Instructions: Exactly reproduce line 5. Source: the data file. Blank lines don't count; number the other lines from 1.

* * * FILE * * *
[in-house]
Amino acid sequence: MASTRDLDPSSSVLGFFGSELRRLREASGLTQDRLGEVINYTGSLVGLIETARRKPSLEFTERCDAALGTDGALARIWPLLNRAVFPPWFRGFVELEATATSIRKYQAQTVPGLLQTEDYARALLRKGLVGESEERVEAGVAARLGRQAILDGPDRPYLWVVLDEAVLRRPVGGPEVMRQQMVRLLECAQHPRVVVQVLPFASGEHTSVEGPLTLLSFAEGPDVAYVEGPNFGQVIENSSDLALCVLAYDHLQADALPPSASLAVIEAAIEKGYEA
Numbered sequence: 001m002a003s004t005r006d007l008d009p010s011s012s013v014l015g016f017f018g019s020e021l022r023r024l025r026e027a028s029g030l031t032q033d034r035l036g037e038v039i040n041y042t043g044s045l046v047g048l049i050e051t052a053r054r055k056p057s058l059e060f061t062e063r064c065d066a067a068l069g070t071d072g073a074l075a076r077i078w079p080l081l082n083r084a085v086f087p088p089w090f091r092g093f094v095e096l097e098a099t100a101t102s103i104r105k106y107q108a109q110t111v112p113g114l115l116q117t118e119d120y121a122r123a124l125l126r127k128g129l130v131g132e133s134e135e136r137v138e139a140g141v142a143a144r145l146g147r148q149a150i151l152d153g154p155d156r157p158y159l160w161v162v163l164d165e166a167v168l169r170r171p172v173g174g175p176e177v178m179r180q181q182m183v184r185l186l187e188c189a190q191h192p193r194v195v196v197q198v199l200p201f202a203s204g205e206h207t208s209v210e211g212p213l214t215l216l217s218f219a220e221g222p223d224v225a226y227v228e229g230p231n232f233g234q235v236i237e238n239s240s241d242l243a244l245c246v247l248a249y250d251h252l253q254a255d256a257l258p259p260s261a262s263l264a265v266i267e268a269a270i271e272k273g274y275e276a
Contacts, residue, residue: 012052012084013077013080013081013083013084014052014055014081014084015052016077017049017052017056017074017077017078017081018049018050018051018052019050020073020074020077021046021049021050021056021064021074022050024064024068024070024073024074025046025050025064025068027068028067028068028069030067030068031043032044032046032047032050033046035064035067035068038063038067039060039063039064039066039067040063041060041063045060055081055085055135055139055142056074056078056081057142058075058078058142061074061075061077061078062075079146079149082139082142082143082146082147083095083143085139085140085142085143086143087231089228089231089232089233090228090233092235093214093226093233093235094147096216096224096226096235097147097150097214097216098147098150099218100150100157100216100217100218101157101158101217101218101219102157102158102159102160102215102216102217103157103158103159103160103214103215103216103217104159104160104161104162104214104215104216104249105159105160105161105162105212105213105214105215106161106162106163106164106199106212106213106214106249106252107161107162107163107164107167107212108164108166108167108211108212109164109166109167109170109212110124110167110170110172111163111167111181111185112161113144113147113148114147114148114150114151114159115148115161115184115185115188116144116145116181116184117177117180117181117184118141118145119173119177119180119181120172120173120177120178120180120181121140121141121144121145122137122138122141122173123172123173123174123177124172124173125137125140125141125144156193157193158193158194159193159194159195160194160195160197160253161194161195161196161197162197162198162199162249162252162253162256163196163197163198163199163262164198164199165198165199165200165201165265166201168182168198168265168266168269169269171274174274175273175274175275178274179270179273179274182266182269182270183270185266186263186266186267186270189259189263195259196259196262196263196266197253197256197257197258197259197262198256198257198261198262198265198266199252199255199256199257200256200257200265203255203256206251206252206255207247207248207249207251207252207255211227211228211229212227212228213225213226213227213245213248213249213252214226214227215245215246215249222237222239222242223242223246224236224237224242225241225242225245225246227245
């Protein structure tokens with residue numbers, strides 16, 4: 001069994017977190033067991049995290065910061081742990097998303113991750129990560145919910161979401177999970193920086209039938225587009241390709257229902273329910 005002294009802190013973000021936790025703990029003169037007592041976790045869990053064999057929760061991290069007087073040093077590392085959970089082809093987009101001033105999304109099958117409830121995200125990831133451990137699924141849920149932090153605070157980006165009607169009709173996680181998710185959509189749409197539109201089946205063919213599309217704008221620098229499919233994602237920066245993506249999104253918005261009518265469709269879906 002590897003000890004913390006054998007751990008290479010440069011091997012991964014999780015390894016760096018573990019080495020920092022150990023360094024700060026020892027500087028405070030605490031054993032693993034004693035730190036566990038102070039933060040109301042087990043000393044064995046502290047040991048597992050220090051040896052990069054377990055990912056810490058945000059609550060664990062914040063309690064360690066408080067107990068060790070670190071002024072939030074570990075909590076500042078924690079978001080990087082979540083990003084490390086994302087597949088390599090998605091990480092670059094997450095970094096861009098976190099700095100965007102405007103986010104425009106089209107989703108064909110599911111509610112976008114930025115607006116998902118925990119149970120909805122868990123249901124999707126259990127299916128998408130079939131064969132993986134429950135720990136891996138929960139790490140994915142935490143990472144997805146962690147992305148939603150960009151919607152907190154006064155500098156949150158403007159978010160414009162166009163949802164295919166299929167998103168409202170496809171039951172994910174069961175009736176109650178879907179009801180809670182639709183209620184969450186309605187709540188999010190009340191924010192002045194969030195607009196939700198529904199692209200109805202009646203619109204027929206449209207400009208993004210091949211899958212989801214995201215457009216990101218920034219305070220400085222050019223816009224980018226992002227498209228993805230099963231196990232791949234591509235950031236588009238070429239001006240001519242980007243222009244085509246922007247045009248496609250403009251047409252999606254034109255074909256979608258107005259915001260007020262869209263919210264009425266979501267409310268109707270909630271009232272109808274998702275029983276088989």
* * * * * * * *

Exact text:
């Protein structure tokens with residue numbers, strides 16, 4: 001069994017977190033067991049995290065910061081742990097998303113991750129990560145919910161979401177999970193920086209039938225587009241390709257229902273329910 005002294009802190013973000021936790025703990029003169037007592041976790045869990053064999057929760061991290069007087073040093077590392085959970089082809093987009101001033105999304109099958117409830121995200125990831133451990137699924141849920149932090153605070157980006165009607169009709173996680181998710185959509189749409197539109201089946205063919213599309217704008221620098229499919233994602237920066245993506249999104253918005261009518265469709269879906 002590897003000890004913390006054998007751990008290479010440069011091997012991964014999780015390894016760096018573990019080495020920092022150990023360094024700060026020892027500087028405070030605490031054993032693993034004693035730190036566990038102070039933060040109301042087990043000393044064995046502290047040991048597992050220090051040896052990069054377990055990912056810490058945000059609550060664990062914040063309690064360690066408080067107990068060790070670190071002024072939030074570990075909590076500042078924690079978001080990087082979540083990003084490390086994302087597949088390599090998605091990480092670059094997450095970094096861009098976190099700095100965007102405007103986010104425009106089209107989703108064909110599911111509610112976008114930025115607006116998902118925990119149970120909805122868990123249901124999707126259990127299916128998408130079939131064969132993986134429950135720990136891996138929960139790490140994915142935490143990472144997805146962690147992305148939603150960009151919607152907190154006064155500098156949150158403007159978010160414009162166009163949802164295919166299929167998103168409202170496809171039951172994910174069961175009736176109650178879907179009801180809670182639709183209620184969450186309605187709540188999010190009340191924010192002045194969030195607009196939700198529904199692209200109805202009646203619109204027929206449209207400009208993004210091949211899958212989801214995201215457009216990101218920034219305070220400085222050019223816009224980018226992002227498209228993805230099963231196990232791949234591509235950031236588009238070429239001006240001519242980007243222009244085509246922007247045009248496609250403009251047409252999606254034109255074909256979608258107005259915001260007020262869209263919210264009425266979501267409310268109707270909630271009232272109808274998702275029983276088989």